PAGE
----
Liam Griffin (hurler)
|Born||1945 (age 68–69)
Rosslare, County Wexford
Liam Griffin (born 1945 or 1947 in Rosslare, County Wexford) is a former Irish hurler and manager. He played hurling at various times with his local clubs Rosslare and Newmarket-on Fergus with the Wexford and Clare senior inter-county teams in the 1960s. Griffin later served as manager of the Wexford senior inter-county team from in 1995 and 1996. Later he was instrumental on the Hurling Development Committee that established the Christy Ring Cup and Nicky Rackard Cup for weaker hurling counties. In 2009 he was named in the Sunday Tribune's list of the 125 Most Influential People In GAA History.
Griffin was born in Rosslare, County Wexford in 1945 or 1947. His parents ran a guesthouse in the town before buying a small hotel nearby in the late 1950s. Griffin was educated locally and later worked in his parents’ hotel. In the 1960s he became the first member of his family to study hotel management at the Shannon College of Hotel Management and he later spent a decade working in various hotels in Wales, Switzerland and Ireland. In the 1970s Griffin left the hotel industry and joined Bord Fáilte to gain experience in the wider tourism industry. He later returned to buy his parents hotel in Rosslare at the end of the decade and began building up his business empire. By the start of the 2000s the Griffin Group, run by Liam and two of his sons, controlled three hotels across the south-east coast of Ireland.
After finishing his playing and managerial careers in hurling Griffin later served as a pundit with RTÉ's The Sunday Game. In 2008 he became part of the analysis team on TV3's championship coverage and has been a regular hurling analyst on The Breakfast Show and The Right Hook on Newstalk radio for a number of years.
Griffin played his early club hurling with his local club in Rosslare and had some juvenile success. After moving to Clare in the 1960s he joined the Newmarket-on Fergus club. Here he played a key role in helping the club win three senior county titles in 1967, 1968 and 1969.
Griffin first came to prominence on the inter-county scene with the Wexford minor team. He later played with the Clare under-21 team, however, he enjoyed little success with 'the Banner county.' Griffin didn't continue playing after the under-21 grade.
In spite of cutting his inter-county hurling career short Griffin became interested in coaching. Since the early 1970s he coached juvenile teams in the Wexford area and in the early 1990s he completed a diploma in sport psychology. In 1994 Griffin was appointed manager of the Wexford senior inter-county team, however, he wasn't the county board's first choice for the post. He had earlier stood for election as manager of the Wexford minor team and was defeated twice. Fate played a hand in Griffin taking the senior managerial position as some of the earlier favourites withdrew from the race and he got the job. Wexford hurling was in the doldrums at the time as the team hadn’t won a senior All-Ireland title since 1968 or a senior Leinster title since 1977.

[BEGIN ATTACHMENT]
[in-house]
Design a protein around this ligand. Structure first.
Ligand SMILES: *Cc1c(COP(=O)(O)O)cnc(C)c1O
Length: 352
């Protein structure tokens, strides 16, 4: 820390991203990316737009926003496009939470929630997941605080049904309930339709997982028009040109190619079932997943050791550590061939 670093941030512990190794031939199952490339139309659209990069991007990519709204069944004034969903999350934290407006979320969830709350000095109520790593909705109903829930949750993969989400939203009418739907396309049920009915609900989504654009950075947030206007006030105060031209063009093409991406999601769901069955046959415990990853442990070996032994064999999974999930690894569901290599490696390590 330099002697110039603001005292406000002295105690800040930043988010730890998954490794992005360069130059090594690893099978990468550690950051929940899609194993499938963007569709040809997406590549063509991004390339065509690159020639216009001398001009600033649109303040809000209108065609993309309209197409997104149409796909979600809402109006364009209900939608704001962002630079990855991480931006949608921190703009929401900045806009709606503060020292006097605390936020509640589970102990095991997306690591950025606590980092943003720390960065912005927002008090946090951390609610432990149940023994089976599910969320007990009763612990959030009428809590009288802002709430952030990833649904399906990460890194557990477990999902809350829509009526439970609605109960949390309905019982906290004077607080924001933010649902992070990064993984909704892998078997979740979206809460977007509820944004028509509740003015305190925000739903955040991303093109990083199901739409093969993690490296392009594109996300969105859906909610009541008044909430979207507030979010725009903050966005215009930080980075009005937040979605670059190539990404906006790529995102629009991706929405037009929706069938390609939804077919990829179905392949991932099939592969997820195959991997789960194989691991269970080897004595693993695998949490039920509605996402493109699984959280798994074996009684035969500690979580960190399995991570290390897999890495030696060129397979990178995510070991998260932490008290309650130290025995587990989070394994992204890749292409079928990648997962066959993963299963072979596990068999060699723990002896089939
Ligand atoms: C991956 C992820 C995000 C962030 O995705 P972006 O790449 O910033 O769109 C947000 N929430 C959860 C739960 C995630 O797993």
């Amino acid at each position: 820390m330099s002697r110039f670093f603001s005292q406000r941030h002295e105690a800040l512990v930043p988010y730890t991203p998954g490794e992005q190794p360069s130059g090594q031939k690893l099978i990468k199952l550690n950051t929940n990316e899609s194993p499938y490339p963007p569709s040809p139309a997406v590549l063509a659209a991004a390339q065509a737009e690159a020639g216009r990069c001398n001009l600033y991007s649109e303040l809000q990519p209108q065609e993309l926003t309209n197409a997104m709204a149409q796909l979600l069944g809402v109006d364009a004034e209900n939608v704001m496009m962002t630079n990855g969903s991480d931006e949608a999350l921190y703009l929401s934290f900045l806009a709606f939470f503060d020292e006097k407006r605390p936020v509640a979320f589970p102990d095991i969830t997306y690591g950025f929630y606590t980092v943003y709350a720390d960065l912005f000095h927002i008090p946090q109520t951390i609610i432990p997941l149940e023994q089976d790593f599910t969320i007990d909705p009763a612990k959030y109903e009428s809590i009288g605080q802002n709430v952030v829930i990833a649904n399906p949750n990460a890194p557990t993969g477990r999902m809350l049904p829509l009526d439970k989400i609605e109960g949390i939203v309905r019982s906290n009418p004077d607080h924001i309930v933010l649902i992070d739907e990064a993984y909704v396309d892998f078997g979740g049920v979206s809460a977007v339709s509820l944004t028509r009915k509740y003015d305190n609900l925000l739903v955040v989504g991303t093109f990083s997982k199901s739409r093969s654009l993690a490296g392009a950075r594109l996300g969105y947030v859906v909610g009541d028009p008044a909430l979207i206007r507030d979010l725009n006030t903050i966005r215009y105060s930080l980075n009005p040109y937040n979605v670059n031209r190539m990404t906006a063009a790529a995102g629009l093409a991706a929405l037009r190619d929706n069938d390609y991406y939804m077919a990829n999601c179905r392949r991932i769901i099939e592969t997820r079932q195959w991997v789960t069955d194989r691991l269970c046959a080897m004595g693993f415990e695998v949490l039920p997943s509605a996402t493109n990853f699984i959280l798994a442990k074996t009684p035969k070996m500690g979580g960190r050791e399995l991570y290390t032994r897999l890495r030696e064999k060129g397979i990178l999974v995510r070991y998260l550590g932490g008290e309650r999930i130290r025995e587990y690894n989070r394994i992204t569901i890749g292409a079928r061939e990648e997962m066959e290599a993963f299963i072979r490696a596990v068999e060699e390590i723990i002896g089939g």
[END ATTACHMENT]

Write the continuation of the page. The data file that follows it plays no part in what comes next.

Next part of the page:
1995: First season
Griffin's first season in charge in 1995 saw little in the way of improvement. In spite of introducing a strict diet and training regime his side were beaten by the minnows of Meath in the National Hurling League while the team's championship preparations did not go to plan either. Liam Dunne, the team captain, played a club match for Oulart-the Ballagh before the Leinster semi-final and was duly stripped of the captaincy. This caused tensions between some of the players and Griffin. The first outing in the championship saw Wexford fall by seven points to Offaly and Griffin was put under severe pressure.
1996: Leinster and All-Ireland successes
In 1996 Griffin made wholesale changes throughout the team and enforced his new training regime. Clare’s All-Ireland victory in 1995 spurred on the so-called ‘weaker counties’ and Griffin tried to get his players to believe in themselves. Griffin’s motivational techniques paid off as Wexford defeated Offaly to capture their first Leinster title in nearly twenty years. Wexford later qualified to play in the All-Ireland final where Limerick, the defeated finalists of 1994, provided the opposition. The Munstermen were slight favourites going into the match, however, Griffin’s side led by a point at half-time in spite of being reduced to fourteen players. The team hung on in the second-half to clinch a 1-13 to 0-14 victory, their first All-Ireland in twenty-eight years.
In spite of guiding his native-county to an emotional championship title Griffin decided to retire as manager at the start of 1997 due to personal issues.
Promotion of hurling
In early 2000, Griffin said the GAA should be ashamed of itself over its failure in the promotion of hurling.
Australia is 24 hours away, yet we can create a new game with the Aussie Rules lads. Longford and Leitrim are right here, yet we largely ignore them and many others too when it comes to promoting hurling. The new D. J. Carey could be living in Longford, Leitrim or Donegal, but we'll never know. We have failed him. [...] If someone can market coloured gripe water, call it Coca-Cola and clean up worldwide, we should be able to sell hurling in Longford.
- McEvoy, Enda; Kieran Shannon, Dave Hannigan (and PJ Cunningham, Malachy Clerkin and Pat Nugent) (4 January 2009). "125 Most Influential People In GAA History". Sunday Tribune. Retrieved 20 January 2009.
- Breheny, Martin (27 October 2012). "All Stars bright lights hide darker side of hurling". Irish Independent (Independent News & Media). Retrieved 27 October 2012.
- Corry, Eoghan, The GAA Book of Lists (Hodder Headline Ireland, 2005).
- Walsh, Denis, Hurling: the Revolution Years (Penguin Ireland, 2005).
|Wexford Senior Hurling Manager
|All-Ireland Senior Hurling Final